It seems like a million years ago, but I clearly recall a conversation among members of the Alliance for Non-violent Action around non-violence and choice. At the time there were sit-ins and blockades of the Morgentaler clinic. There were some with ANVA who took the position that because the tactics were similar to those used by ANVA and others in the anti-war/anti-nuke movements they were part of our movement. Others were clear that it wasn’t just the tactics but the cause that needed to be considered. It wasn’t just the tactics that determined the nature of the movement but a combination of aims and tactics—non-violence can easily be used to promote a far less just, open and compassionate society.
I also remember a conversation in regards to disruption of events. For some it was a way to speak truth to power. For others, such efforts contain echoes of jack boots and were a statement of an unwillingness to accept the value of free speak. For these later folks our tactics should be ones we’d be willing to tolerate against us—if we would feel intimidated by outbursts of anger and efforts to silence our speech, we shouldn’t use such tactics against others.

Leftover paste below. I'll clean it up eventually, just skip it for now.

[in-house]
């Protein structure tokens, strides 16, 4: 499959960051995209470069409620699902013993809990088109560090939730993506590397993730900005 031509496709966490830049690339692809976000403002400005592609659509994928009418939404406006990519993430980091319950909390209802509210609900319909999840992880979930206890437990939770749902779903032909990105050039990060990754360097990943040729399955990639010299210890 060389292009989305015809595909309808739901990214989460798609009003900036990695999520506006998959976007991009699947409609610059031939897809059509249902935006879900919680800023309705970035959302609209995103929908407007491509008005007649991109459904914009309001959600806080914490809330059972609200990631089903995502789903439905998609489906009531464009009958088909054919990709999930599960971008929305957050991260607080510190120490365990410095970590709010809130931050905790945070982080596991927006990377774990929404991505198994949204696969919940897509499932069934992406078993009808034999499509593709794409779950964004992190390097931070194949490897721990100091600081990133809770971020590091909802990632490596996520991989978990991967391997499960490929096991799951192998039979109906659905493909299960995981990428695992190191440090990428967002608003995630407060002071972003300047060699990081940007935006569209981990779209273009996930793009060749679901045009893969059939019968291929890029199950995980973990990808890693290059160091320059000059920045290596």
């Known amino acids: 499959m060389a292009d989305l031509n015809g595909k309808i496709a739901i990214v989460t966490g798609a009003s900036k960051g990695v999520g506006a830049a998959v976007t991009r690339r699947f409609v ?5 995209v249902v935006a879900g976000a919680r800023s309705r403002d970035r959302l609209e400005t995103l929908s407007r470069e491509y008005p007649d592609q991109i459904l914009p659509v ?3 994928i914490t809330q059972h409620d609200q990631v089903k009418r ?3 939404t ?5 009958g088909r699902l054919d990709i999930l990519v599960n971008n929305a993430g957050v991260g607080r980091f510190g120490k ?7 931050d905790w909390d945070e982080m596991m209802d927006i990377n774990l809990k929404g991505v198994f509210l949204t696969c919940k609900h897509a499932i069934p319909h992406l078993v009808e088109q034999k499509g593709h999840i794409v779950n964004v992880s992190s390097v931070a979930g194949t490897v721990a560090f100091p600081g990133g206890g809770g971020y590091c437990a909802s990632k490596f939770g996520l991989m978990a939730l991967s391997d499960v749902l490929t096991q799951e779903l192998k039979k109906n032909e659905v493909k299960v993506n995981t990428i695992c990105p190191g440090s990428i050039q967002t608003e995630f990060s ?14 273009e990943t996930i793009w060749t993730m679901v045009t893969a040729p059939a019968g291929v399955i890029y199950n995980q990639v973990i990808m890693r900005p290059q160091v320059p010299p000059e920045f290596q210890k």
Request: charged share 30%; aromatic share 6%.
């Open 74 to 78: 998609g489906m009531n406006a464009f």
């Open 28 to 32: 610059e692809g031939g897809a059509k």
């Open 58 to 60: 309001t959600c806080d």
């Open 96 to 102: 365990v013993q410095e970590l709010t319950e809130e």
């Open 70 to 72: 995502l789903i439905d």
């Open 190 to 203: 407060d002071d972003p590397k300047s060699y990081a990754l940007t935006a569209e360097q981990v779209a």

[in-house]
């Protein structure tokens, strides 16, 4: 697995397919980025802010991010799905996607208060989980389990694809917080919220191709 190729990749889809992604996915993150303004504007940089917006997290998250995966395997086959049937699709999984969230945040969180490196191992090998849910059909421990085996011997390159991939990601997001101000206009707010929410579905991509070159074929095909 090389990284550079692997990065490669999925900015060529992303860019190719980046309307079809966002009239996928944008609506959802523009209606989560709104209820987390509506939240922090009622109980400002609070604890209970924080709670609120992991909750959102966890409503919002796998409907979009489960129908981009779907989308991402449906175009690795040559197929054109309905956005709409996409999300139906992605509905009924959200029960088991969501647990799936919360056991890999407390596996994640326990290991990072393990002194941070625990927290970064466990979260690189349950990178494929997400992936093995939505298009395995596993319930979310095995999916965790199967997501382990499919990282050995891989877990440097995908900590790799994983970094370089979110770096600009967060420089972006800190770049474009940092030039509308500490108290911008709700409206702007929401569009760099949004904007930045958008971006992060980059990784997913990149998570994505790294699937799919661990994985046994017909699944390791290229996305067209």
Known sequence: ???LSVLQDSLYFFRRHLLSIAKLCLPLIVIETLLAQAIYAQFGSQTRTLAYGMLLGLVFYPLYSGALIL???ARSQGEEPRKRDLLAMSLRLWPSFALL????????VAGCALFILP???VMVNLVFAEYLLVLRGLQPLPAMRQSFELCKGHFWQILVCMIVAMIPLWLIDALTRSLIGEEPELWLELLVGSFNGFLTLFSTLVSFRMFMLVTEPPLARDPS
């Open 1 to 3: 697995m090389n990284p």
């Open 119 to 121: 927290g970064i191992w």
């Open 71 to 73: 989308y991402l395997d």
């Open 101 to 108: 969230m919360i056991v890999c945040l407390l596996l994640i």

One of the major reasons I am politically pessimistic is that some movements I’d like to support are using tactics I oppose and some movements I oppose are using tactics I have long advocated. I am longing to see a unity of means and ends.